When Social Networking Backfires

Not too long ago I received an invitation to join a social network that goes by the name of Naymz. I’d never actually seen or heard about this particular network prior to the invitation (which came from someone I didn’t know). I’ve talked with this person only once before, and I only had a vague understanding of what it is she does professionally, but she asked if I would recommend the work she does. Since I didn’t know her or her work all that well, I couldn’t recommend either in good conscience, so I wasn’t able to acquiesce to her request.

Why, you might ask? Well, when I followed the link she gave me to join Naymz, the very first question I was posed from the site was whether or not I knew this person. Well, as previously stated, I didn’t. Another question that came to me was whether or not I would recommend her. Well, again, I don’t know her work or her very well, so I couldn’t yet recommend either.

Its all a matter of integrity for me. I suppose I could have been a really nice person and put down a “Yes” for both of the above questions. But then I wouldn’t have kept my integrity, I think. Nor do I think it’d have been real. Also, it’d be misleading to other people who might be counting on what I recommend and suggest to them.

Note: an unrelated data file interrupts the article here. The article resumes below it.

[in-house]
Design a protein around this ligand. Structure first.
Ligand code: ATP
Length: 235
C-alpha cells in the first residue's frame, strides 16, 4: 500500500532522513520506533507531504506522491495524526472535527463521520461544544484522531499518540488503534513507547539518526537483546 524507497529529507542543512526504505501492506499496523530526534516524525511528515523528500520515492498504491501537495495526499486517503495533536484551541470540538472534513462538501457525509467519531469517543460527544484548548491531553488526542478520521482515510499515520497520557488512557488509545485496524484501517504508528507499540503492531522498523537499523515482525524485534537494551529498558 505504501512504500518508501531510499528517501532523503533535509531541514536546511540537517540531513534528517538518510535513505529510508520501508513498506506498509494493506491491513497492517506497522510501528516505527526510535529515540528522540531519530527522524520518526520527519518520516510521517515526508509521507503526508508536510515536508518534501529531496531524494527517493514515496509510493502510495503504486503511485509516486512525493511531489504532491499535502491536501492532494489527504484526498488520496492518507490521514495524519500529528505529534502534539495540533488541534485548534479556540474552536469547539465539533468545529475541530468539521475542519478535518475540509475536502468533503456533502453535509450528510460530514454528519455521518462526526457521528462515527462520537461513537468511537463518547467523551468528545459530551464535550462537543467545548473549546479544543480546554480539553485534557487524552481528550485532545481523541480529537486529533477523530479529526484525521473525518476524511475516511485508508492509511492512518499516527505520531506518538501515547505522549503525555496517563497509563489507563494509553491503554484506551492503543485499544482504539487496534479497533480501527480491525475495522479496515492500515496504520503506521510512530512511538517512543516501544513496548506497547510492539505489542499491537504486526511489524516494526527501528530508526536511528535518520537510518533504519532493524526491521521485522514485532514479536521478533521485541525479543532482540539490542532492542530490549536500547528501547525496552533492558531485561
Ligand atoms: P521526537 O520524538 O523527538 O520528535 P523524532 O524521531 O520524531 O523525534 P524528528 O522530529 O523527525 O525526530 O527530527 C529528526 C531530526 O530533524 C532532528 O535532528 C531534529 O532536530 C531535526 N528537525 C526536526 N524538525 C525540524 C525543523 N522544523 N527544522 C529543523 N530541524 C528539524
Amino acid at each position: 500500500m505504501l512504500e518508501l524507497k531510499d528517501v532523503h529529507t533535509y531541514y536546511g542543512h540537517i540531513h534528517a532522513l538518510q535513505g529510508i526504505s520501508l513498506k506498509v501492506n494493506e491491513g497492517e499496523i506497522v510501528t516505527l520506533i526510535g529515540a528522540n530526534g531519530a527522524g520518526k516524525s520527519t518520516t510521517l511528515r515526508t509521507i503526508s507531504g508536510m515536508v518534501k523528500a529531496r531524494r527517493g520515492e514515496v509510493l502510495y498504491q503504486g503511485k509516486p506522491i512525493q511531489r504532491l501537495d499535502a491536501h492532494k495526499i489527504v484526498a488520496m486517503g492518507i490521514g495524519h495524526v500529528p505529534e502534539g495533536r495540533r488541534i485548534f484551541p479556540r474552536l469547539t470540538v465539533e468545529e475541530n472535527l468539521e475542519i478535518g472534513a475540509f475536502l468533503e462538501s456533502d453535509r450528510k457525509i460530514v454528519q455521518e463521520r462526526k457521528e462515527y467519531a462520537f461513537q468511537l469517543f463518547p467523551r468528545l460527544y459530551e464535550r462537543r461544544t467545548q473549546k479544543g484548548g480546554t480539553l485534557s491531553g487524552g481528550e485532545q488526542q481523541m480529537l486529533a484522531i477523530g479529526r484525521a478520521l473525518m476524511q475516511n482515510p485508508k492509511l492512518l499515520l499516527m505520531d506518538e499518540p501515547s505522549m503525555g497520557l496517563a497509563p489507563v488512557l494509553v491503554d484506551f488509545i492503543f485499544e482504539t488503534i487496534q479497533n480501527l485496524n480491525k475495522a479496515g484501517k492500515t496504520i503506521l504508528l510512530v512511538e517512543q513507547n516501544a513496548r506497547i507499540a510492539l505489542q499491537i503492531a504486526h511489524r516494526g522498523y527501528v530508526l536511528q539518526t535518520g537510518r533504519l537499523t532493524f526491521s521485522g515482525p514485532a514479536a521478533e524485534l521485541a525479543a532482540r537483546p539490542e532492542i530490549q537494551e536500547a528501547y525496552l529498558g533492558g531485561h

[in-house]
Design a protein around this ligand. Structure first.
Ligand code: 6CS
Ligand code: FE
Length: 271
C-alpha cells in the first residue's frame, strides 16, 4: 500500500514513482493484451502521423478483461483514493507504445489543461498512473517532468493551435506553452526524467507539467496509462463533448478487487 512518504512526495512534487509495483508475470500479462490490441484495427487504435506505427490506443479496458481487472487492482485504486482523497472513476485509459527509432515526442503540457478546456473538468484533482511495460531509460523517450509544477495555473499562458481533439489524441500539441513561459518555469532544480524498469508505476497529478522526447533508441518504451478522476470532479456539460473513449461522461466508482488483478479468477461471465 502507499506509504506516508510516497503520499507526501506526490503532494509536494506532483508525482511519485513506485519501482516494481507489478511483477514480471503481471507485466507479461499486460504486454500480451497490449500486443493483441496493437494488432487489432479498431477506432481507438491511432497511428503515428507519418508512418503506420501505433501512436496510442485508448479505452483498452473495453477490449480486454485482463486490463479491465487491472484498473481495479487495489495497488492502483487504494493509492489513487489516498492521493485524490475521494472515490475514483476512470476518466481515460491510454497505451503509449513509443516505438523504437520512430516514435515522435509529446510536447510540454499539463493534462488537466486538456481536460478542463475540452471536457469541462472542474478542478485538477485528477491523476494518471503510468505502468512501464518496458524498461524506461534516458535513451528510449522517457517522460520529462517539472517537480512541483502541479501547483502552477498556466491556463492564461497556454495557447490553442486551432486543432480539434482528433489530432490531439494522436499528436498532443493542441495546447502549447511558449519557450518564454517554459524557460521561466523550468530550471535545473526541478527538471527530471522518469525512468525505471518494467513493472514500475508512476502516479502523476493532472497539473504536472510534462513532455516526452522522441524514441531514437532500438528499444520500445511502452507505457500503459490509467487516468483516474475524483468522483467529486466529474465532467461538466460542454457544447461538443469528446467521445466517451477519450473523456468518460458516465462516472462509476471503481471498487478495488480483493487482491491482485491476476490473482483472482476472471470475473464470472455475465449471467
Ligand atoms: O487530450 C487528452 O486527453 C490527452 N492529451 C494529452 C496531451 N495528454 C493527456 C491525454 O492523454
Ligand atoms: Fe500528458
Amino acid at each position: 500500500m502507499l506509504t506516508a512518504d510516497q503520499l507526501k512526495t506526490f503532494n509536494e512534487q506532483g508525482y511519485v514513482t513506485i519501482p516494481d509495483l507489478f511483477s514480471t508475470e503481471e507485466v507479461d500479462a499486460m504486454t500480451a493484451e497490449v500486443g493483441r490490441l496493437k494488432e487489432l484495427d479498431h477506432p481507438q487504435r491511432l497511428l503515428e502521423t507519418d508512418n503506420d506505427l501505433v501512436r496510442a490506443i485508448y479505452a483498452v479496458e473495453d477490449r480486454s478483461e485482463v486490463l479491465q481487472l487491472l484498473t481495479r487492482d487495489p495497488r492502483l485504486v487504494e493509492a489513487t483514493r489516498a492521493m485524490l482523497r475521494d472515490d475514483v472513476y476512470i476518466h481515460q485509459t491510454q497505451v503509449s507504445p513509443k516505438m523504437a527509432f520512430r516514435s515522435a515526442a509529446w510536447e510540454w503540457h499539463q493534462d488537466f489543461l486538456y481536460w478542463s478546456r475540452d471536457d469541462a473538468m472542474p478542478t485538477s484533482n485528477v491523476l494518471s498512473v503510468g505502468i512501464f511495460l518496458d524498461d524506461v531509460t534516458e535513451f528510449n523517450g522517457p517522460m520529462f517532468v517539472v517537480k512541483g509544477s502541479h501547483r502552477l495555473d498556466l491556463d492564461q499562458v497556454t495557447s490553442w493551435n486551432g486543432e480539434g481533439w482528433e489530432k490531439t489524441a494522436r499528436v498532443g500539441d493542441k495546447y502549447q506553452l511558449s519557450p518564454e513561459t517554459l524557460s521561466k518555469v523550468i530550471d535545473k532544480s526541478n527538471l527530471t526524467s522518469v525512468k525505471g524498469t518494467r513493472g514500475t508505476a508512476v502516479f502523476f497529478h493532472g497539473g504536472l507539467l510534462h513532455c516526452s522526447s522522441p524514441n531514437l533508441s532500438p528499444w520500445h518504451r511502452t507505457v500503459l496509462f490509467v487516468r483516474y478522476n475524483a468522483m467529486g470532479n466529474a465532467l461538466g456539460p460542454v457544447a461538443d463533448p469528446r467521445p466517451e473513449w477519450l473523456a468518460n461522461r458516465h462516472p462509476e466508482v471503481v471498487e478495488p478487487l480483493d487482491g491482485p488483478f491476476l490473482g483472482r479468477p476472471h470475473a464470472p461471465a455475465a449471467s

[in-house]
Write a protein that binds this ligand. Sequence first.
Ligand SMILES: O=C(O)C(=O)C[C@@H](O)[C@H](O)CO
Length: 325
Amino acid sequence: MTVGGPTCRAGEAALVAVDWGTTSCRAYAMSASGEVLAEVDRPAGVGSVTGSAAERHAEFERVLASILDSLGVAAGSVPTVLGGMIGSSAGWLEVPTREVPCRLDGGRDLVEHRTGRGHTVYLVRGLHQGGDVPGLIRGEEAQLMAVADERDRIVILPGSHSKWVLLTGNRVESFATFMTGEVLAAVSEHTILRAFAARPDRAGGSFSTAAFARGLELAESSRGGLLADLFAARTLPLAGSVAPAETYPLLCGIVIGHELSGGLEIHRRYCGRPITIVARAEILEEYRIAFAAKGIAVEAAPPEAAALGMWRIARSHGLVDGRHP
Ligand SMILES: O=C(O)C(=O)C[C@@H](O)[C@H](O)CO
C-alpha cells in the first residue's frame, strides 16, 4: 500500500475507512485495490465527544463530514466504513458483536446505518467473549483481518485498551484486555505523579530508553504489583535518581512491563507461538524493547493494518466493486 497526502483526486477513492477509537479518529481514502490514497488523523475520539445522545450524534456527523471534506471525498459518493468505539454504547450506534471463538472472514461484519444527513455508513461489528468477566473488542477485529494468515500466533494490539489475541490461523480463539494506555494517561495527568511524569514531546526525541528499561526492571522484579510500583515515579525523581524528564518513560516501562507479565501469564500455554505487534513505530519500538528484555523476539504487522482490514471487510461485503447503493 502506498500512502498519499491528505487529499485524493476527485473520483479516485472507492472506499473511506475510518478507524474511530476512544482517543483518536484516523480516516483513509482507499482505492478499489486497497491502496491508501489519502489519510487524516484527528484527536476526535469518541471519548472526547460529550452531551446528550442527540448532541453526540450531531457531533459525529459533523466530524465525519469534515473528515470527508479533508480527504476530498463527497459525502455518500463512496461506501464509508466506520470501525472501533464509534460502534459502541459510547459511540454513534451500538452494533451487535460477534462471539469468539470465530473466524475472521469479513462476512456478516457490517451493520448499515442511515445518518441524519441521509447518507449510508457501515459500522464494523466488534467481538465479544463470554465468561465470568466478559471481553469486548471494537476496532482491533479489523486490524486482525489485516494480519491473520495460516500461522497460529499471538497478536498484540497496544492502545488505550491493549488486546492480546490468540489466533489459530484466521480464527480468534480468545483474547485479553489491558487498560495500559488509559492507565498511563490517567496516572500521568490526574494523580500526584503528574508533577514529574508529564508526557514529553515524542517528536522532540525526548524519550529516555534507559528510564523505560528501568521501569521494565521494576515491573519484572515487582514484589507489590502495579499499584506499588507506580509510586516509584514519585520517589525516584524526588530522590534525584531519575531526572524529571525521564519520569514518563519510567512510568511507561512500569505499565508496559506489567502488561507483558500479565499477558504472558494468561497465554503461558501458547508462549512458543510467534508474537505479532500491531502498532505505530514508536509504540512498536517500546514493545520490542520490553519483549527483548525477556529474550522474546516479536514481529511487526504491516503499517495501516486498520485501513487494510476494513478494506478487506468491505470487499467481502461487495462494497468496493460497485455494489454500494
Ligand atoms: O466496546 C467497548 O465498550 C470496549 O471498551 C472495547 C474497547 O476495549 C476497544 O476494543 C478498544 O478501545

When you build a social network on any given platform, you must make sure that you’re in integrity. What I take this to mean is that if you are suggesting someone that other people could potentially be hiring, you need to make sure that you’re being honest about your recommendation. Don’t make things up and don’t be a pain. Most certainly don’t be fake. Be yourself; be real. If you do these things then the integrity of the network is going to be much more solid.

So, going back to the person that sparked this post. What could she have done differently when approaching me? Well, she could have called me up and invited me to talk or to met somewhere. We could have met each other in person and started to establish a relationship. Then she could help me to more fully comprehend how her service helps people. She could explain to me how she’s different from all the others that are in the same field as she is.

After all of that, then I could’ve made a fully informed choice as to whether or not I’d recommend her. It is going to be interesting to see just how she deals with my choice to not join the social network through her invitation. I’m totally willing to meet and network with other professional people, but I need to know them before I’m able to recommend them.

A social network can definitely make use of your ability to create and build relationships with people. I’m personally a fan of LinkedIn, for example. However, I don’t devote a lot of my time to social networking, myself, because the majority of my business happens to come from word of mouth and personal introductions.

Inform yourself and be sure you’re living in integrity when you build your social network.

Source by Clifford Jones